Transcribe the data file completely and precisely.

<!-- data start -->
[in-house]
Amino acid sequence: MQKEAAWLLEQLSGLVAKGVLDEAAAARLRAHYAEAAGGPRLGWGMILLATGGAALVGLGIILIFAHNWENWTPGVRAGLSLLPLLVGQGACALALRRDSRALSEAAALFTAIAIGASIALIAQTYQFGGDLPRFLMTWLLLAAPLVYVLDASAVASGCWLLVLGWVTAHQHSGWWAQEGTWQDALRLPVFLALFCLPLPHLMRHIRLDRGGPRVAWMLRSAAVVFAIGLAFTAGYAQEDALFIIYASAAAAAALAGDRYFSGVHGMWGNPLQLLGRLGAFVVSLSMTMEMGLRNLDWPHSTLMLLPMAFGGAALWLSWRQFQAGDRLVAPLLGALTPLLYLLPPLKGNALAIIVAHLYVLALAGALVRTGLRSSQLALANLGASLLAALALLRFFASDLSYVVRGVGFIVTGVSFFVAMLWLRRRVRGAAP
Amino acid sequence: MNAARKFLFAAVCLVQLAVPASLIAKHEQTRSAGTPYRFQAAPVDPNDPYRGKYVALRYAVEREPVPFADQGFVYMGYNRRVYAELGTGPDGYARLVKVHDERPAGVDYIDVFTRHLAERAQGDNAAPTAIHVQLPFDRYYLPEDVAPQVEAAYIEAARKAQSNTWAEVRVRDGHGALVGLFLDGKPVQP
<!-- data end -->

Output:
[in-house]
Amino acid sequence: MQKEAAWLLEQLSGLVAKGVLDEAAAARLRAHYAEAAGGPRLGWGMILLATGGAALVGLGIILIFAHNWENWTPGVRAGLSLLPLLVGQGACALALRRDSRALSEAAALFTAIAIGASIALIAQTYQFGGDLPRFLMTWLLLAAPLVYVLDASAVASGCWLLVLGWVTAHQHSGWWAQEGTWQDALRLPVFLALFCLPLPHLMRHIRLDRGGPRVAWMLRSAAVVFAIGLAFTAGYAQEDALFIIYASAAAAAALAGDRYFSGVHGMWGNPLQLLGRLGAFVVSLSMTMEMGLRNLDWPHSTLMLLPMAFGGAALWLSWRQFQAGDRLVAPLLGALTPLLYLLPPLKGNALAIIVAHLYVLALAGALVRTGLRSSQLALANLGASLLAALALLRFFASDLSYVVRGVGFIVTGVSFFVAMLWLRRRVRGAAP
Amino acid sequence: MNAARKFLFAAVCLVQLAVPASLIAKHEQTRSAGTPYRFQAAPVDPNDPYRGKYVALRYAVEREPVPFADQGFVYMGYNRRVYAELGTGPDGYARLVKVHDERPAGVDYIDVFTRHLAERAQGDNAAPTAIHVQLPFDRYYLPEDVAPQVEAAYIEAARKAQSNTWAEVRVRDGHGALVGLFLDGKPVQP